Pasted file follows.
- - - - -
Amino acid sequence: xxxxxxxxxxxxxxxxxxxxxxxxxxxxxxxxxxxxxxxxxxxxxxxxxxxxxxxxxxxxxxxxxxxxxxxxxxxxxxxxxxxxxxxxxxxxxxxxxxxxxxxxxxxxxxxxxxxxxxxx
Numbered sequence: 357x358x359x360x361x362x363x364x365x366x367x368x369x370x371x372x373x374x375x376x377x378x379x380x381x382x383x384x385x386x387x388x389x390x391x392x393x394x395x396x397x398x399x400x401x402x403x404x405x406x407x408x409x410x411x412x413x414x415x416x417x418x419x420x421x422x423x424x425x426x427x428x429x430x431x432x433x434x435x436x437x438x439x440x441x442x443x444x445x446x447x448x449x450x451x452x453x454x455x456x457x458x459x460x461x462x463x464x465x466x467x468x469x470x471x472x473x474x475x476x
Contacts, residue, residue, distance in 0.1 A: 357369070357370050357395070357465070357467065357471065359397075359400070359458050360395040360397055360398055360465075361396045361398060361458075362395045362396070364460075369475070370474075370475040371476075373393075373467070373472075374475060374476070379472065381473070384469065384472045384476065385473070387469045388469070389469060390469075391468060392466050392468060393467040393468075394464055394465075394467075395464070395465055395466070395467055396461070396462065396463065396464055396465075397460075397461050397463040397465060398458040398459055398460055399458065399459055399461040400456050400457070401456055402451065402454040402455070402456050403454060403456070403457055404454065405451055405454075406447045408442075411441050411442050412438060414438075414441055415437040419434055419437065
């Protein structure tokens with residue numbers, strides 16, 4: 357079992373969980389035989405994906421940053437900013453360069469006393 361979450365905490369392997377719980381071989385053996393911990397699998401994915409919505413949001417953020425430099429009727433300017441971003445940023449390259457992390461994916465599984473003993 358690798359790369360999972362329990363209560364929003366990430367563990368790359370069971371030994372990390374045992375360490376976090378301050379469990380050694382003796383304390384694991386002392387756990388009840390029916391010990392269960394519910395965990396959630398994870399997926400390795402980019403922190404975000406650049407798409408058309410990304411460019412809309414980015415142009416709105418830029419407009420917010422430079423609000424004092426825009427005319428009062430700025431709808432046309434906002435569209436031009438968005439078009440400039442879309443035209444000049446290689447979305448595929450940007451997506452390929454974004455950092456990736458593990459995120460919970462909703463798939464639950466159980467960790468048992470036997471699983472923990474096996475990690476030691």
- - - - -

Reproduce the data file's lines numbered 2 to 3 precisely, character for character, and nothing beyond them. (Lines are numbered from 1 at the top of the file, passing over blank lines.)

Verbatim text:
Numbered sequence: 357x358x359x360x361x362x363x364x365x366x367x368x369x370x371x372x373x374x375x376x377x378x379x380x381x382x383x384x385x386x387x388x389x390x391x392x393x394x395x396x397x398x399x400x401x402x403x404x405x406x407x408x409x410x411x412x413x414x415x416x417x418x419x420x421x422x423x424x425x426x427x428x429x430x431x432x433x434x435x436x437x438x439x440x441x442x443x444x445x446x447x448x449x450x451x452x453x454x455x456x457x458x459x460x461x462x463x464x465x466x467x468x469x470x471x472x473x474x475x476x
Contacts, residue, residue, distance in 0.1 A: 357369070357370050357395070357465070357467065357471065359397075359400070359458050360395040360397055360398055360465075361396045361398060361458075362395045362396070364460075369475070370474075370475040371476075373393075373467070373472075374475060374476070379472065381473070384469065384472045384476065385473070387469045388469070389469060390469075391468060392466050392468060393467040393468075394464055394465075394467075395464070395465055395466070395467055396461070396462065396463065396464055396465075397460075397461050397463040397465060398458040398459055398460055399458065399459055399461040400456050400457070401456055402451065402454040402455070402456050403454060403456070403457055404454065405451055405454075406447045408442075411441050411442050412438060414438075414441055415437040419434055419437065